You’ve heard that “necessity is the mother of invention.” It’s a proverb that’s likely over 500 years old. But what does it mean?
The saying might recall Captain Kirk calling down to Scotty in engineering, and Scotty iconically replying, “She canna take much more, Cap’n!” Fans of the show 24 similarly joke about Jack Bauer telling Chloe to “just do it!” as the push she needs to make the impossible happen. And let’s not forget the ingenious agent Macgyver. Our culture is rife with the myth of the skilled but uncertain innovator solving an impossible problem in an unrealistic time frame simply because it was necessary. This kind of resourcefulness is a cornerstone of Americans’ beliefs about economics and the world.
But the question is: How true is it? Not the one-in-a-million stories we pluck from the biographies of rags-to-riches businessmen, but the kind of everyday invention and innovation that drives our economy forward. Does desperation drive invention? Or is it something else?
The answer, as with many things, is dependent on the specific definition and context. Desperation as a sense of urgency to meet a particular deadline may spur certain kinds of innovation. But desperation as a state of being–that is, the lack of security around one’s position, as with financial poverty or the ongoing threat of being fired–tends to lock us into survival mode. Desperate people grasp at proven solutions that promise to get them what they need, rather than inventing solutions that may not be sufficient.
That’s not to say these solutions are without risk. But consider someone who agrees to transport bulk drugs: The activity is risky, but the payoff is assured. Innovation requires room to be uncertain about the outcome: Will there even be a payoff? Will it be big enough? You can see this play out at companies that are in danger of bankruptcy: Rather than innovating out of the problem, for the most part they cut down to the basics and try to replicate past success. For every individual that becomes more innovative under that kind of pressure, thousands lose the ability to innovate at all.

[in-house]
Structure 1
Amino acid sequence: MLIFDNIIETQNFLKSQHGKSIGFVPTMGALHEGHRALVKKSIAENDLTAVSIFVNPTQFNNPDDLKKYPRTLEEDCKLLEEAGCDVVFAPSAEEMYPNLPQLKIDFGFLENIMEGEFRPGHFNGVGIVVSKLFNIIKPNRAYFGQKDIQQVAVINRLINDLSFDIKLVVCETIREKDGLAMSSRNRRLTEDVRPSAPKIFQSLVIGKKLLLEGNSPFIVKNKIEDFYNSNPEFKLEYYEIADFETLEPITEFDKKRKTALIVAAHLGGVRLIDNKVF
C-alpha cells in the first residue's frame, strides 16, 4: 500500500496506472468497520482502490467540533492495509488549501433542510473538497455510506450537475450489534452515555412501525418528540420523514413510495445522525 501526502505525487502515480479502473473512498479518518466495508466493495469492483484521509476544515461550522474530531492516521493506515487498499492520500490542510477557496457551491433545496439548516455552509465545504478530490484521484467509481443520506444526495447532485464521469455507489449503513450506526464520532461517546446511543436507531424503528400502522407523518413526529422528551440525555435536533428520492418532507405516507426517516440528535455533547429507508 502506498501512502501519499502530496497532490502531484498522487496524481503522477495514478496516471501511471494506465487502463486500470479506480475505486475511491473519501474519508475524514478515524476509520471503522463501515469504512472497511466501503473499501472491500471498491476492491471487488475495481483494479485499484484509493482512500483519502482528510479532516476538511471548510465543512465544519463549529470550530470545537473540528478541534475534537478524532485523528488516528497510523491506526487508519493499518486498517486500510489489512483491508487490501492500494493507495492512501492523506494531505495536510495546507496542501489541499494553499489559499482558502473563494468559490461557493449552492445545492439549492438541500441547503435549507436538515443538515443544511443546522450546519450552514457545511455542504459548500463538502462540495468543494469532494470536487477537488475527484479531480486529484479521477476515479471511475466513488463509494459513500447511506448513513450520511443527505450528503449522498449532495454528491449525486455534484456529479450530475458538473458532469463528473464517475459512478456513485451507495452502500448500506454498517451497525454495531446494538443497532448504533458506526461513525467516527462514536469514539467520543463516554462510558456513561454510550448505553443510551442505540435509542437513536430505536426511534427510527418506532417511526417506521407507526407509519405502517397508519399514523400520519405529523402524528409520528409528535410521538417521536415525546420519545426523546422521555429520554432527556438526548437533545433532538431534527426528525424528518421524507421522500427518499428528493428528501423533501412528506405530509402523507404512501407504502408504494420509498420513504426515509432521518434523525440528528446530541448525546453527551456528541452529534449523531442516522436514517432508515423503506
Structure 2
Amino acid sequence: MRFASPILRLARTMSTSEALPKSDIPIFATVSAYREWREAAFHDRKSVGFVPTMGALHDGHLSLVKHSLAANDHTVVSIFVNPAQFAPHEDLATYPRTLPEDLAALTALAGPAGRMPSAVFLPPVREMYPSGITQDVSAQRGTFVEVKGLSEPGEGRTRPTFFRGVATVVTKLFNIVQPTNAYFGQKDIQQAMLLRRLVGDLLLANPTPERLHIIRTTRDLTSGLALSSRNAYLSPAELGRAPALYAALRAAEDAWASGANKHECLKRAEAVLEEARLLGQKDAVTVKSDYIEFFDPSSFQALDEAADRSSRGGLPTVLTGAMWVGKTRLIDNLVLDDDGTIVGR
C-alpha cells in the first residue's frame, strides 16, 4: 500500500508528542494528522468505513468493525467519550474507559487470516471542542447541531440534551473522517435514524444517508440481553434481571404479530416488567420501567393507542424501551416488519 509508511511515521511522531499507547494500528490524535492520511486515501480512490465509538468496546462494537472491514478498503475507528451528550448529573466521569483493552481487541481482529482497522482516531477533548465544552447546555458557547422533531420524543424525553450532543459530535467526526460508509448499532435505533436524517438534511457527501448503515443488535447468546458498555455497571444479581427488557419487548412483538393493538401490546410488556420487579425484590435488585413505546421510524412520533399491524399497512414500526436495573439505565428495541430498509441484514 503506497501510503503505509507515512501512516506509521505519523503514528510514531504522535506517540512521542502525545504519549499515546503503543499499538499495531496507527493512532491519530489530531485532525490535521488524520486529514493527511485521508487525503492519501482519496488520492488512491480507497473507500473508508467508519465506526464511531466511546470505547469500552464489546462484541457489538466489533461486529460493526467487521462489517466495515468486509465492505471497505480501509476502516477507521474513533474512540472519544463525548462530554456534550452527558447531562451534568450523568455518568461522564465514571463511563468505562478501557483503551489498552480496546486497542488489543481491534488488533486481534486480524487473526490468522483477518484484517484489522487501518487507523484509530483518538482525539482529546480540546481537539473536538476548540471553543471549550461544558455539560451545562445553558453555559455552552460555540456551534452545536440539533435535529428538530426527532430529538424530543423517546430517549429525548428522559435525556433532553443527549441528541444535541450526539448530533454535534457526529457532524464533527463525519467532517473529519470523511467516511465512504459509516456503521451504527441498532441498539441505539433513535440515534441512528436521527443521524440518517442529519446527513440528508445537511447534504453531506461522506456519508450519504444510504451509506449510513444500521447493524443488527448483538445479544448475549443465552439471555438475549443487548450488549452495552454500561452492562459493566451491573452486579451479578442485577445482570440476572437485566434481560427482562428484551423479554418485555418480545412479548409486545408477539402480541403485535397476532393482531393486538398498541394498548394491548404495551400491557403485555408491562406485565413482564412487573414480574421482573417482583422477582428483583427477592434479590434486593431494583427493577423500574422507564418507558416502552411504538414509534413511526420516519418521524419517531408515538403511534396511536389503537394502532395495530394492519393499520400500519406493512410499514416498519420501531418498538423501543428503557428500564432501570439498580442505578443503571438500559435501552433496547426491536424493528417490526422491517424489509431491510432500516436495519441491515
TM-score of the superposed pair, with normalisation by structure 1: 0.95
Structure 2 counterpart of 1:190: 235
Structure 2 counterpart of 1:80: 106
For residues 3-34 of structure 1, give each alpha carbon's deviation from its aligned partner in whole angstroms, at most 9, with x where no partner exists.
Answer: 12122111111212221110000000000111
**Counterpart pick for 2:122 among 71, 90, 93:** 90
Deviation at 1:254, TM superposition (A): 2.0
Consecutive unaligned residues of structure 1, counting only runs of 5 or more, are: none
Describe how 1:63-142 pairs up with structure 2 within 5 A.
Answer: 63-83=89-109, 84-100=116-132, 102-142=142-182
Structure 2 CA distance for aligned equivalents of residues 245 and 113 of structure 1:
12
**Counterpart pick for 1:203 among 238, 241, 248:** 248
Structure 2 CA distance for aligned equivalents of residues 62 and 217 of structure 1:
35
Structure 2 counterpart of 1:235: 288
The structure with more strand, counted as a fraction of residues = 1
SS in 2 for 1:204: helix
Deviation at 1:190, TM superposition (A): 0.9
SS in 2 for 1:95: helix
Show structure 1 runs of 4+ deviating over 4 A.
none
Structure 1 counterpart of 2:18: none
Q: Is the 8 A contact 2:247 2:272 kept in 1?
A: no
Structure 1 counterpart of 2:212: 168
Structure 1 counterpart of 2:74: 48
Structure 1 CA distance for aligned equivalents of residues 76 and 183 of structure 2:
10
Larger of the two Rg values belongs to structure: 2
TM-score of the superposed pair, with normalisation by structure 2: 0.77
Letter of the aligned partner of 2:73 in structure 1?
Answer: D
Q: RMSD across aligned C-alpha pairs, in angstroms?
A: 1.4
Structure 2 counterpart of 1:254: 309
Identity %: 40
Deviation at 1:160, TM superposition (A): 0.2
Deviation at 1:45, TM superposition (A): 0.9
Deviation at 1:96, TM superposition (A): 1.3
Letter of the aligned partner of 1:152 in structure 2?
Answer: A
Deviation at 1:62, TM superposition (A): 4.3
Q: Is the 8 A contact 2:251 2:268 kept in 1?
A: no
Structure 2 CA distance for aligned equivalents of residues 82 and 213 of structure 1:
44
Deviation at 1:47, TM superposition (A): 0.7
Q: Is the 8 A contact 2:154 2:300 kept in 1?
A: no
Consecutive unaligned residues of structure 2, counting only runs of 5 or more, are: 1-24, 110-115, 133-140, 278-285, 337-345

If not desperation, then, what drives innovation?
The first parent may surprise you: Laziness. We innovate because the way things are being done is just too much work. This is part of the reason for a disconnect between hours worked and productivity: An innovator can work half as much as someone who doesn’t innovate, and still accomplish more. Laziness gets a bad rap simply because there are so many who misuse it. One of my own innovations early in my working life was a matter of saving myself the tedium of several weeks of repetitive tasks. That innovation was ultimately spread to offices around the country and saved hundreds of hours.
The other is often thought to be exactly the opposite: Enthusiasm. We also innovate because we want something new and better for the future. Our ability to anticipate the future is one of the things that distinguishes human evolution from natural evolution: we can evolve not just for the present circumstances but for the circumstances we anticipate.
Together, laziness and enthusiasm are the push and the pull of an engine. Laziness, better described, is a dissatisfaction with or disinterest in things as they are; enthusiasm is a deep interest in the possibility of things to come. Spitting out what is and sucking in what’s coming is the process that drives innovation forward. Without enthusiasm, laziness becomes pessimistic and defeatist. Without laziness, enthusiasm becomes toothless; if the present isn’t so bad, it’s better to just let that future come on its own.
Necessity may be a parent of invention in at least one sense: We invent things that are useful to us. If we didn’t need it, why would we invent it? This reveals a critical problem with the way innovation is handled in many organizations. Some businesses try to institute an “innovation department.” But isolating the innovators from the problems is self-defeating. An innovation department has to go the extra mile just to understand what problems need to be solved, and may often end up solving problems that don’t exist or aren’t high-priority. The power for innovation is always best placed in the hands of those who experience the need on a daily basis.